Full extension across his crease on a 2-1 in the 2nd period that he saves with his toe. Big time save!! –,3,415&event=DET393


May have been headed wide, but the glove save sure looks great –,3,415&event=DET614


Huge save with screen to bail out poor defensive play by Gill –,3,415&event=DET625


Two shots against ending with strong movement allowing body to be square to the shot and easily cradle into body to prevent third chance –,3,415&event=DET822


Trouble controlling shot from Zetterberg leads to luck break leads to laying body across net to smoother rebound. The move from Zetterberg cost the Wing a penalty against – although he knocked into Fleury, this was a brutal call.,3,415&event=DET848


Fantastic glove save in 2nd OT especially since Draper was right on his doorstep to the glove side. Only superior concentration allowed for this save –,3,415&event=DET402


Goal 1,3,415&event=DET359

Jordan Staal (#11) is a bit lazy at the blue line and does not get the puck. Helm controls it and may have attempt pass to Hudler crashing the far post. Puck hits Pens defenseman Skuderi and is redirected through Fleury’s pads as he moves over to face Hudler. Bad luck goal that happens to all goalies. Still, better stick placement in front of pads makes a save.


Goal 2,3,415&event=DET620

Power play goal in the 3rd to tie the game at 2. Set PP play with redirect in the slot puts puck past Fleury. Great goal by a very good PP unit.


Goal 3,3,415&event=DET629

Little over two minutes after the Wings second goal they score again on a give-a-way by the Pens defense. Pass from the corner to a streaking Rafalski who shoots as traffic is skating by Fleury. Shot to Rafalski’s far side goes right past Fleury as he is moving over to face shooter. Nothing the goalie could do on this play.


Game Six is Wednesday night. Can Fleury build on his Game 5 performance and further his reputation as a “big-time” goalie or will Osgood shut the door on the series?


Stanley Cup Game 4 Goalie Recap

June 1, 2008

Wings win 2-1 to take 3-1 lead in the series. Cup most likely raised Monday night in Detroit.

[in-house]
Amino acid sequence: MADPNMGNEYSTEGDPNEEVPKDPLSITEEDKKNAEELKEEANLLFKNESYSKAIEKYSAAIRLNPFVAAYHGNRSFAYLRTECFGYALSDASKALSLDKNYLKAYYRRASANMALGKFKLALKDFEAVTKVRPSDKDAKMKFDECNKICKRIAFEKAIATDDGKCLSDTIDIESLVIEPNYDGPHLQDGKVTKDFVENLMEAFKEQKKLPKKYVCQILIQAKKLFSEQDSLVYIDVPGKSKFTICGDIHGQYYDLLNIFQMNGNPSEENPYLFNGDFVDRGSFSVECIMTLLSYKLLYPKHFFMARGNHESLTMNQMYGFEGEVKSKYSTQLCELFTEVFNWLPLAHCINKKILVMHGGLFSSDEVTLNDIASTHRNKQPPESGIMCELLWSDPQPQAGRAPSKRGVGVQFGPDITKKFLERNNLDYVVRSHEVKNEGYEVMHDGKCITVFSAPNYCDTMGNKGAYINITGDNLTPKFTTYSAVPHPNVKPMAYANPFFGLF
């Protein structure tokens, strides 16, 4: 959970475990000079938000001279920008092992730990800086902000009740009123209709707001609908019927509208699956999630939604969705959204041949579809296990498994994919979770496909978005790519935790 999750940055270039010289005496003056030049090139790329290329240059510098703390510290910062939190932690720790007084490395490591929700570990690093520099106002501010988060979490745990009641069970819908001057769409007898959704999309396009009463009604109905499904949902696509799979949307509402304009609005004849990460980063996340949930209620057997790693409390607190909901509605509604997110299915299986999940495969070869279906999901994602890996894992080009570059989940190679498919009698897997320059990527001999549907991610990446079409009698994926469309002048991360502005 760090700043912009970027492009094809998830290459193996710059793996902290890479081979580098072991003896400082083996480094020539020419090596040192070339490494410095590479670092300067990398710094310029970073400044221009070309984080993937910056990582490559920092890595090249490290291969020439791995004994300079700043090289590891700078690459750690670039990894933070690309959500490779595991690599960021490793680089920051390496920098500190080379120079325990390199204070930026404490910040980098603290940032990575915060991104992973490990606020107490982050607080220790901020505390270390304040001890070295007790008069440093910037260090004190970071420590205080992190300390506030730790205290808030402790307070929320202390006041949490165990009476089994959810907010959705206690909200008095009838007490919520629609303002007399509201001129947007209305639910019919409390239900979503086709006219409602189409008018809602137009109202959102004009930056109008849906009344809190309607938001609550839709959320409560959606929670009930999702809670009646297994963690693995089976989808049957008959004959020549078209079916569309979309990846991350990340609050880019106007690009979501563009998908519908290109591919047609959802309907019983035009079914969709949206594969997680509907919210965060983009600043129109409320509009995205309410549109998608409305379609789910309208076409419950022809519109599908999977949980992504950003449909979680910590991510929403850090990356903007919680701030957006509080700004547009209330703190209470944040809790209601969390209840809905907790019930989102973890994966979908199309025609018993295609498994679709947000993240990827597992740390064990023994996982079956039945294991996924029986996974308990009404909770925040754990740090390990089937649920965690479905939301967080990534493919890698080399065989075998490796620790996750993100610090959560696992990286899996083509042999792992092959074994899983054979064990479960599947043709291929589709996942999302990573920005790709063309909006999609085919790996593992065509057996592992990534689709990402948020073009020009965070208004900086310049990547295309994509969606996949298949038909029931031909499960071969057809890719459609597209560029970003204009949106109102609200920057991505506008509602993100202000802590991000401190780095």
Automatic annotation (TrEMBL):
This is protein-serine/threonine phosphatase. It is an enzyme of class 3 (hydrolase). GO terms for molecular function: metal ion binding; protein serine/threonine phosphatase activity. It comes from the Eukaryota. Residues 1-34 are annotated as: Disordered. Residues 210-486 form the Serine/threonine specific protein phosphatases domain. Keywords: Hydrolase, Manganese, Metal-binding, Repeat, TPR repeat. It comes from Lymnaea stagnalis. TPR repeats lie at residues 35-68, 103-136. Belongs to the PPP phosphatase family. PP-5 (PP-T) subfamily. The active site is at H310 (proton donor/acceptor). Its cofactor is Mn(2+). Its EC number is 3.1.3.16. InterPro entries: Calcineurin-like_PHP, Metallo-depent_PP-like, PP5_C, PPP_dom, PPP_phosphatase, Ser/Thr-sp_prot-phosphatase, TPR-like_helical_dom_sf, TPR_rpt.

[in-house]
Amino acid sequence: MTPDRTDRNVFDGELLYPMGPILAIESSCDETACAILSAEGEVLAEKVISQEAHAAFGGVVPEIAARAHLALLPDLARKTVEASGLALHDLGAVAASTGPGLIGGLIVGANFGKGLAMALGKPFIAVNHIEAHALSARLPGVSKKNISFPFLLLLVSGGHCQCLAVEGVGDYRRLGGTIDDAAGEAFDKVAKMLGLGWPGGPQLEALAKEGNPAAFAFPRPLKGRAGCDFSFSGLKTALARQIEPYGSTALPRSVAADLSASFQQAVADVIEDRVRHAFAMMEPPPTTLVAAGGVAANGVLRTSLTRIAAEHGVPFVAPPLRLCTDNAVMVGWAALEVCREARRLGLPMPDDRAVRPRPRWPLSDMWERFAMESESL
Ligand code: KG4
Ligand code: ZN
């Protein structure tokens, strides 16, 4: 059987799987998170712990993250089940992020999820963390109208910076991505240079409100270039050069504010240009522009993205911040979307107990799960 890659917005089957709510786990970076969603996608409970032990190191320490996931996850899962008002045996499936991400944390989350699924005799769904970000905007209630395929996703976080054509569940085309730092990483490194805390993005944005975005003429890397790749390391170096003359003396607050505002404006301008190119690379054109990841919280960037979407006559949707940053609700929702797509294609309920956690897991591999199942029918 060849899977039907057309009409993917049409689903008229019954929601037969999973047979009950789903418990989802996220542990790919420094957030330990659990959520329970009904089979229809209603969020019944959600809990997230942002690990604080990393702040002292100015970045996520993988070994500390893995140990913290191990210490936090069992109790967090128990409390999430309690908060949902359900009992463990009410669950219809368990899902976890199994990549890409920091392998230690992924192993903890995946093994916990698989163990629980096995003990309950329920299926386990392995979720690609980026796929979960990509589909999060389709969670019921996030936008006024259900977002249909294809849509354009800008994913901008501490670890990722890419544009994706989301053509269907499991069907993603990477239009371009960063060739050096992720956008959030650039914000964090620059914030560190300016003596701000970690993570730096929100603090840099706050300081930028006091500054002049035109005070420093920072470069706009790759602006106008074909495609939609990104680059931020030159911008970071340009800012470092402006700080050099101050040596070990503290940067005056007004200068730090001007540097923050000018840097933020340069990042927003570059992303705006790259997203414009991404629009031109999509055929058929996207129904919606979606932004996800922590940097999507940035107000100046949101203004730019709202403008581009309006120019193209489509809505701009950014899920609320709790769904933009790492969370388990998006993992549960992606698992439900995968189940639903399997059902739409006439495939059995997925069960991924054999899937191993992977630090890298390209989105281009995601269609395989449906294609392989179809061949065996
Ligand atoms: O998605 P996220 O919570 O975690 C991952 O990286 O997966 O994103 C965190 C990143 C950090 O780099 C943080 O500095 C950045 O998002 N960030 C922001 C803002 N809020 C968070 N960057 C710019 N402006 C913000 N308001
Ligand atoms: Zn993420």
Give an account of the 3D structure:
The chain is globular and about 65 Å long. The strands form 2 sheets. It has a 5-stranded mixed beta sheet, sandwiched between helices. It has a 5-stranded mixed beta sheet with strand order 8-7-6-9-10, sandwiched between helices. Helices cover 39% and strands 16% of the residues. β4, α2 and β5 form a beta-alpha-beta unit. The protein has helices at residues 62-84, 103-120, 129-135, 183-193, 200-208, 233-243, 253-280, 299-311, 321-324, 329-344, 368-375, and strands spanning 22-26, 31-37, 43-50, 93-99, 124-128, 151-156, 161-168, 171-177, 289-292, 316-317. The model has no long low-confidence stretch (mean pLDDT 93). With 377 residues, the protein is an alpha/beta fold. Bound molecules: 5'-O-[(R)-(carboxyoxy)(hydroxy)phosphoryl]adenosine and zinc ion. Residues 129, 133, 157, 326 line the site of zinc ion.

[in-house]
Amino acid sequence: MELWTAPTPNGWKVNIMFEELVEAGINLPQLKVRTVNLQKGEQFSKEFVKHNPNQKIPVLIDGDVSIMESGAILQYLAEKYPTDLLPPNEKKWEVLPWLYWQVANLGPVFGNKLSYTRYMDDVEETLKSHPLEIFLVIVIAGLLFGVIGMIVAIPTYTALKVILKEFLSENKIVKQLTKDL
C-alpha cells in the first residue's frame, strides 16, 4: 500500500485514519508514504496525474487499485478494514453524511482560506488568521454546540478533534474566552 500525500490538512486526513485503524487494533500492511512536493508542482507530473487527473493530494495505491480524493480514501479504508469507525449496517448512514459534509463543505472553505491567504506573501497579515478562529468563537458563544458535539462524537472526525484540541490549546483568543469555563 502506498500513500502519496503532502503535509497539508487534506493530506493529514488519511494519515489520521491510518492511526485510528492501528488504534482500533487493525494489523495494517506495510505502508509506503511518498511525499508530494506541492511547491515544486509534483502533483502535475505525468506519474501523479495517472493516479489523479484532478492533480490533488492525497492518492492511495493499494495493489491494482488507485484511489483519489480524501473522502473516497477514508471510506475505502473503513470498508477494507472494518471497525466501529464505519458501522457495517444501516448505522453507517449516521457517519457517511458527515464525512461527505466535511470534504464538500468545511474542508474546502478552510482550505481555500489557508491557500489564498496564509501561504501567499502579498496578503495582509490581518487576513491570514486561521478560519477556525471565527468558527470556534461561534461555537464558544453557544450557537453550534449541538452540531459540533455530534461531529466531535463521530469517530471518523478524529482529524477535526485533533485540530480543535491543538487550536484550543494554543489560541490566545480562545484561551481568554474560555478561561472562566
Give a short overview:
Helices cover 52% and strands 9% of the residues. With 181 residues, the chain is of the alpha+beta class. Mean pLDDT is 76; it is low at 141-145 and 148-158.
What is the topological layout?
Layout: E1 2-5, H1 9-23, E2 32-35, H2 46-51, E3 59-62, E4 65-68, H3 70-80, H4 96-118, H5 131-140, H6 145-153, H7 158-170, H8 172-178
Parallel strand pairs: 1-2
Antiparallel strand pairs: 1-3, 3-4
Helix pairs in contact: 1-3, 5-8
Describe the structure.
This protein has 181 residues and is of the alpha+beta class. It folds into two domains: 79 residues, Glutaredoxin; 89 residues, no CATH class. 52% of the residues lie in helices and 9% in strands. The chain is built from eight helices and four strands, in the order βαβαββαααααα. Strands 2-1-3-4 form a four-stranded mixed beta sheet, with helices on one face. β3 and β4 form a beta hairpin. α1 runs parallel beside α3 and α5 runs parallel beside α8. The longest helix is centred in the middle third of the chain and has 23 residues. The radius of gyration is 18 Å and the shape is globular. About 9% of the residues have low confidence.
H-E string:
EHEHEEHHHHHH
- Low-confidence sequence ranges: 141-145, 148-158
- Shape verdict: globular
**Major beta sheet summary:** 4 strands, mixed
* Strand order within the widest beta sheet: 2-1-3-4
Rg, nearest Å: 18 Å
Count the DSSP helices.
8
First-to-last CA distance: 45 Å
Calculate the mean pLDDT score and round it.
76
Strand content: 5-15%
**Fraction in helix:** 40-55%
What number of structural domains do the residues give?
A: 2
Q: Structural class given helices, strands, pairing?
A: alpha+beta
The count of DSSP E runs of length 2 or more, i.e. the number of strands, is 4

Below is commentary on both goalies with video. I apologize in advance for commercials when links are selected.


23 shots, 22 saves.

Chris Osgood played another outstanding game in the series – a near flawless outing shutting Pittsburgh’s attack down. Big pressure game was answered with confidence and calmness. As typical throughout the series, vast majority of saves looked routine.

A few of the saves-

Three save flurry beginning with Crosby breaking through the defense and two rebounds –

Rebound control could be better but he stops both shots –

A tremendous opportunity for the Pens with Crosby by himself in front of the net but Ozzie made the save with no rebound –

Great save with 5 seconds left to preserve one-goal win –

Goal One

Power play goal against.  Initial shot comes from the point with traffic in front of the net. Osgood makes a good pad save although puck ends up on Marian Hossa’s stick to Osgoods glove side. Hossa fools Osgood in thinking he is taking the puck behind the net but then stuffs it short-side in the goal. This was a great play by Hossa and Osgood can’t be blamed too much for this goal. He was just beginning to move towards the far post when Hossa put it in the net.

I believe Osgood could have done better on the goal by sealing off the post with his skate – the skate actually ends up outside the post so there was a gap between the leg and post. He may have been trying to get his pad close to the puck to eliminate Hossa flipping it over the pad but, after watching several times, I’m not convinced that was Osgood’s intention.


30 shots, 28 saves.

Game Four gave Fleury the least amount of work than the rest of the series, based on shots, and he was very sharp through most of the game. But the game winning goal should have been stopped and now he and the rest of the Pens are down 3-1 going back to Detroit. A few of the saves-

Started the game well saving a blast from the point –,3,414

In the third, he showed us again he may have the fastest feet in the game –,3,414&event=PIT760

Goal One

It appears Fleury saw Lidstrom release the puck but then was screened so he could not track it all the way it. Problem is the puck deflected off Ryan Malone (#12) and it appears Fleury did not see the deflection so could not react to it.

Of course it never helps having your own defense screening you. I’m sure Fleury yelled at Gonchar to get out-of-the-way but it may have been too late.

Something all goalies should consider, use your stick or glove to bump your defense in the back side as you yell you are screened. But, make sure you drop the stick (or get the glove back in position) right back to the ice to cover the five hole. And, make sure to listen for the shot when you can’t see it.

Goal Two

This will be remembered as the goal that clinched the series for the Wings.

After Stuart makes a great play at the blue line to send the puck down low, Fleury appears surprised and does not move over to take the short-side angle away and the backhanded shot finds a way into the net.

This was a back-breaker. A weak goal breaking a tie in the third period. This should have been a save just like the puck should have made it out-of-the-zone.

Again, the series should be over Monday night. Maybe the Pens can do the same as Dallas did in the Conference Finals and win Game 5 in Mowtown but it seems unlikely.

Stanley Cup Game 3 Goalie Recap

May 29, 2008

Pens 3-2 win, Detroit leads series 2-1.